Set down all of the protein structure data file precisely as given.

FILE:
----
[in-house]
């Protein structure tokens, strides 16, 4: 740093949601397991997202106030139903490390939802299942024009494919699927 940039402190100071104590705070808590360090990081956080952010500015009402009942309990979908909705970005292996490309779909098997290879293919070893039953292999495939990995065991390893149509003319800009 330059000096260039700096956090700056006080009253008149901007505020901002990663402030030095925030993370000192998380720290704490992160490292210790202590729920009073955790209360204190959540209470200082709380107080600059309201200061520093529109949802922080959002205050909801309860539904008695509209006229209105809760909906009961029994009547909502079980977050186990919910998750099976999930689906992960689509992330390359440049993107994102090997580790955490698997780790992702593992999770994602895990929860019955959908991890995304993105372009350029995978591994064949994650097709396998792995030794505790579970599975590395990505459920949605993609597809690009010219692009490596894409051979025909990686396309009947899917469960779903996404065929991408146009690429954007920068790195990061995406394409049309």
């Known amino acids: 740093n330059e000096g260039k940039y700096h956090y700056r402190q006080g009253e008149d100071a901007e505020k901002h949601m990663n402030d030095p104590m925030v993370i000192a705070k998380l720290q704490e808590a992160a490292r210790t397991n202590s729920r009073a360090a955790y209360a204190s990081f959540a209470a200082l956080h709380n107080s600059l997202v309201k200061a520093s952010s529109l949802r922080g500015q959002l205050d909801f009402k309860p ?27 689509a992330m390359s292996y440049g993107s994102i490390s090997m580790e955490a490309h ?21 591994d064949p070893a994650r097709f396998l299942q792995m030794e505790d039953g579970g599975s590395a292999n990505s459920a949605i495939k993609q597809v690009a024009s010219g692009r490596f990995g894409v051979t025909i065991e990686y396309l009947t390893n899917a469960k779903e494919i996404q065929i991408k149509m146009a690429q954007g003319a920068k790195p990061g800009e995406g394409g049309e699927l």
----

[in-house]
């Protein structure tokens, strides 16, 4: 740093949601397991997202106030139903490390939802299942024009494919699927 940039402190100071104590705070808590360090990081956080952010500015009402009942309990979908909705970005292996490309779909098997290879293919070893039953292999495939990995065991390893149509003319800009 330059000096260039700096956090700056006080009253008149901007505020901002990663402030030095925030993370000192998380720290704490992160490292210790202590729920009073955790209360204190959540209470200082709380107080600059309201200061520093529109949802922080959002205050909801309860539904008695509209006229209105809760909906009961029994009547909502079980977050186990919910998750099976999930689906992960689509992330390359440049993107994102090997580790955490698997780790992702593992999770994602895990929860019955959908991890995304993105372009350029995978591994064949994650097709396998792995030794505790579970599975590395990505459920949605993609597809690009010219692009490596894409051979025909990686396309009947899917469960779903996404065929991408146009690429954007920068790195990061995406394409049309």
């Known amino acids: 740093n330059e000096g260039k940039y700096h956090y700056r402190q006080g009253e008149d100071a901007e505020k901002h949601m990663n402030d030095p104590m925030v993370i000192a705070k998380l720290q704490e808590a992160a490292r210790t397991n202590s729920r009073a360090a955790y209360a204190s990081f959540a209470a200082l956080h709380n107080s600059l997202v309201k200061a520093s952010s529109l949802r922080g500015q959002l205050d909801f009402k309860p ?27 689509a992330m390359s292996y440049g993107s994102i490390s090997m580790e955490a490309h ?21 591994d064949p070893a994650r097709f396998l299942q792995m030794e505790d039953g579970g599975s590395a292999n990505s459920a949605i495939k993609q597809v690009a024009s010219g692009r490596f990995g894409v051979t025909i065991e990686y396309l009947t390893n899917a469960k779903e494919i996404q065929i991408k149509m146009a690429q954007g003319a920068k790195p990061g800009e995406g394409g049309e699927l």